Yahoo Inc. cooperated with U.S. intelligence officials on a secret program to search all of its customers' incoming emails in real time, Reuters sources report.
According to two former employees and one involved party, Yahoo complied with a classified U.S. government directive to scan hundreds of millions of Yahoo Mail accounts under command of the NSA or FBI, Reuters reports. Yahoo General Counsel Ron Bell did not involve the security team in the process, who discovered the program in May 2015 under the belief that it was the work of hackers, sources informed Reuters.
The unnamed sources told Reuters they were unaware what government officials asked of Yahoo in the demand, only that they wanted the ability to search for a set of characters in an email or attachment. Reuters was unable to discover what, if any, data Yahoo provided intelligence officials, or if other email providers besides Yahoo were involved.
The alleged surveillance program defies statements CEO Marissa Mayer made at the TechCrunch Disrupt conference in 2013, saying "I'm proud to be part of an organization that from the very beginning in 2007, with the NSA and FISA and PRISM, has been skeptical and has scrutinized [government] requests.”
Yahoo received previous inquiry into its surveillance policies in Nov. 2015, when the defense team of drug smuggler Russell Knaggs petitioned the company for a deposition. After Yahoo provided authorities evidence of allegedly deleted email drafts that incriminated Knaggs of smuggling cocaine in boxes of fruit, Sukhdev Thumber, a solicitor representing Knaggs in the UK proceedings, told Motherboard there was “Some sort of bulk-data gathering, live monitoring, interception, continuous monitoring of the account which [allowed] this data to be produced.”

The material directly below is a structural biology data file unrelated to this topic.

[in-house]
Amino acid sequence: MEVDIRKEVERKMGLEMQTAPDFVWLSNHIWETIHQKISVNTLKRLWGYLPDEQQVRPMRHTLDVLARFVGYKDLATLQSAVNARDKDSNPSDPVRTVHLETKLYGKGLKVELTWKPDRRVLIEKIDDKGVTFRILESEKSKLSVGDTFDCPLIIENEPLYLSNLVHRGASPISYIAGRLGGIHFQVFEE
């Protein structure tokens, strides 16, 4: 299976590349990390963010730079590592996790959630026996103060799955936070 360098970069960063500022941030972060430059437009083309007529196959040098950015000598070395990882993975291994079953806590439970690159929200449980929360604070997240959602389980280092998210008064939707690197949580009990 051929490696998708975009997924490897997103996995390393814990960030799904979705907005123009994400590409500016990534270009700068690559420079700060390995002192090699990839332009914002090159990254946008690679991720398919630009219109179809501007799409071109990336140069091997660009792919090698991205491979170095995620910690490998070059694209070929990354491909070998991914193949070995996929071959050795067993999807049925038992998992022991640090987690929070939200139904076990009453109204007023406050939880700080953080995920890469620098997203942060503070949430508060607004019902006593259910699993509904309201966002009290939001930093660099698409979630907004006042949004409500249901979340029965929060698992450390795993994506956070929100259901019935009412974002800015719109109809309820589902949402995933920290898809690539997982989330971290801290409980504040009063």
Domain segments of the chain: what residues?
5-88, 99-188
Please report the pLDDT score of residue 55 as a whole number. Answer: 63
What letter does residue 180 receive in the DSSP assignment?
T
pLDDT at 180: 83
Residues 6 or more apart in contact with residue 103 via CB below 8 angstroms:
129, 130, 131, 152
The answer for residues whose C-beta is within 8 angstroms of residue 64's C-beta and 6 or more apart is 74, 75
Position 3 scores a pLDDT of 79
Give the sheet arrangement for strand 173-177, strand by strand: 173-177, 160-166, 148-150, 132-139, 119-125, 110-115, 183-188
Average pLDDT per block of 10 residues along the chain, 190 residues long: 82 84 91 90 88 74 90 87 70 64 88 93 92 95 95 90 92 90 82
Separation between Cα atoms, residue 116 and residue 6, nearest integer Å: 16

At the time, Yahoo dismissed the defense’s petition in court documents as a “baseless fishing expedition.” However, if Reuters sources' statements hold true, Yahoo’s live surveillance of user data could trace as far back 2009, when Knaggs was convicted due to drafted negotiations made using Yahoo Mail.
"Yahoo is a law abiding company, and complies with the laws of the United States," the company told Reuters in response to questions about the directive.
Yahoo’s security practices have been under increased scrutiny since Sept. 2016, when the company released a statement that “state-sponsored” hackers broke into 500 million customer accounts two years prior. The company’s controversy now falls in the hands of Verizon, who is in the process of purchasing the company for $5 billion by the first quarter of 2017, according to Forbes.